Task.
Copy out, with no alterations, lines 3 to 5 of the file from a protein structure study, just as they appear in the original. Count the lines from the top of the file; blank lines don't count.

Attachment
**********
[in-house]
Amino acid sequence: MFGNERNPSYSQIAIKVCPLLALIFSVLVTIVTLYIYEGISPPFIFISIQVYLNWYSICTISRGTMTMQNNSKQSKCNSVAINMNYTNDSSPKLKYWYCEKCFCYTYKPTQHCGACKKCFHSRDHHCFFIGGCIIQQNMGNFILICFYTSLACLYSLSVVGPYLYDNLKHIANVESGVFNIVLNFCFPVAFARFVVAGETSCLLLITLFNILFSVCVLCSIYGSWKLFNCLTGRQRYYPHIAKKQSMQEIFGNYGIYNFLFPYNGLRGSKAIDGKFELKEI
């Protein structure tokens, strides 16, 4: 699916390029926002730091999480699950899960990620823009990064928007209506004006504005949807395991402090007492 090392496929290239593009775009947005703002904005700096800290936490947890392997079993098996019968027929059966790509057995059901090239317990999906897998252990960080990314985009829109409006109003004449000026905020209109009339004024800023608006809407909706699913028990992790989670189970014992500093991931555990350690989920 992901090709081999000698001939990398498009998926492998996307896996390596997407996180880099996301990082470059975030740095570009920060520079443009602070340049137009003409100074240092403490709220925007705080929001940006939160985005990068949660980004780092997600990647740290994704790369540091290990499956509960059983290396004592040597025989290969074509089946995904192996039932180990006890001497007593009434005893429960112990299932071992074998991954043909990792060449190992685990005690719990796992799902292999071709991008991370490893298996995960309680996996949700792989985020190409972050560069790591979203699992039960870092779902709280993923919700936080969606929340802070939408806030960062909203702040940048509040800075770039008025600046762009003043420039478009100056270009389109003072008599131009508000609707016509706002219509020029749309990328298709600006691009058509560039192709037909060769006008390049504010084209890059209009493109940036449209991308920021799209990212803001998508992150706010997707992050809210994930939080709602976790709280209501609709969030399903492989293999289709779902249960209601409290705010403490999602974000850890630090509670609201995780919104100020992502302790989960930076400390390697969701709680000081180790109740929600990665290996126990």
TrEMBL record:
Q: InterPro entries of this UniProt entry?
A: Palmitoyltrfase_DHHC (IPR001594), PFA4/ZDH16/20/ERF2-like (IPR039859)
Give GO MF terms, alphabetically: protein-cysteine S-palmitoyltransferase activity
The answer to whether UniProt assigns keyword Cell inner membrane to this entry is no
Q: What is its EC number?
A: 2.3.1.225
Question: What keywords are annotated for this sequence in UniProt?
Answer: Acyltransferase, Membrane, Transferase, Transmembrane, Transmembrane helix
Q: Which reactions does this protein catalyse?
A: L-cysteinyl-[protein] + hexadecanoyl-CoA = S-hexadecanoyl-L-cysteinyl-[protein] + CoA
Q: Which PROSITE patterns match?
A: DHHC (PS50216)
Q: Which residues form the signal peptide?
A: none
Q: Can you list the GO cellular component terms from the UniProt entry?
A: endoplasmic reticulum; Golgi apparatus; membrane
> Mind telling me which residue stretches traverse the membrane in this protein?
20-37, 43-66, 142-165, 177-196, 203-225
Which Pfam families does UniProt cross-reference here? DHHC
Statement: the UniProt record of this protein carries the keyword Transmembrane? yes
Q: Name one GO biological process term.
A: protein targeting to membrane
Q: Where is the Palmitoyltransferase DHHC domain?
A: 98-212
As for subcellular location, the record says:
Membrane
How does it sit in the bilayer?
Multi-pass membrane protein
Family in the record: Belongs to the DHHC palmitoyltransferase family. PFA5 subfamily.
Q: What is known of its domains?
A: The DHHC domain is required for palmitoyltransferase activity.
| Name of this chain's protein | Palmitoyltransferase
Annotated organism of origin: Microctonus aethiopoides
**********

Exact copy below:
């Protein structure tokens, strides 16, 4: 699916390029926002730091999480699950899960990620823009990064928007209506004006504005949807395991402090007492 090392496929290239593009775009947005703002904005700096800290936490947890392997079993098996019968027929059966790509057995059901090239317990999906897998252990960080990314985009829109409006109003004449000026905020209109009339004024800023608006809407909706699913028990992790989670189970014992500093991931555990350690989920 992901090709081999000698001939990398498009998926492998996307896996390596997407996180880099996301990082470059975030740095570009920060520079443009602070340049137009003409100074240092403490709220925007705080929001940006939160985005990068949660980004780092997600990647740290994704790369540091290990499956509960059983290396004592040597025989290969074509089946995904192996039932180990006890001497007593009434005893429960112990299932071992074998991954043909990792060449190992685990005690719990796992799902292999071709991008991370490893298996995960309680996996949700792989985020190409972050560069790591979203699992039960870092779902709280993923919700936080969606929340802070939408806030960062909203702040940048509040800075770039008025600046762009003043420039478009100056270009389109003072008599131009508000609707016509706002219509020029749309990328298709600006691009058509560039192709037909060769006008390049504010084209890059209009493109940036449209991308920021799209990212803001998508992150706010997707992050809210994930939080709602976790709280209501609709969030399903492989293999289709779902249960209601409290705010403490999602974000850890630090509670609201995780919104100020992502302790989960930076400390390697969701709680000081180790109740929600990665290996126990």
TrEMBL record:
Q: InterPro entries of this UniProt entry?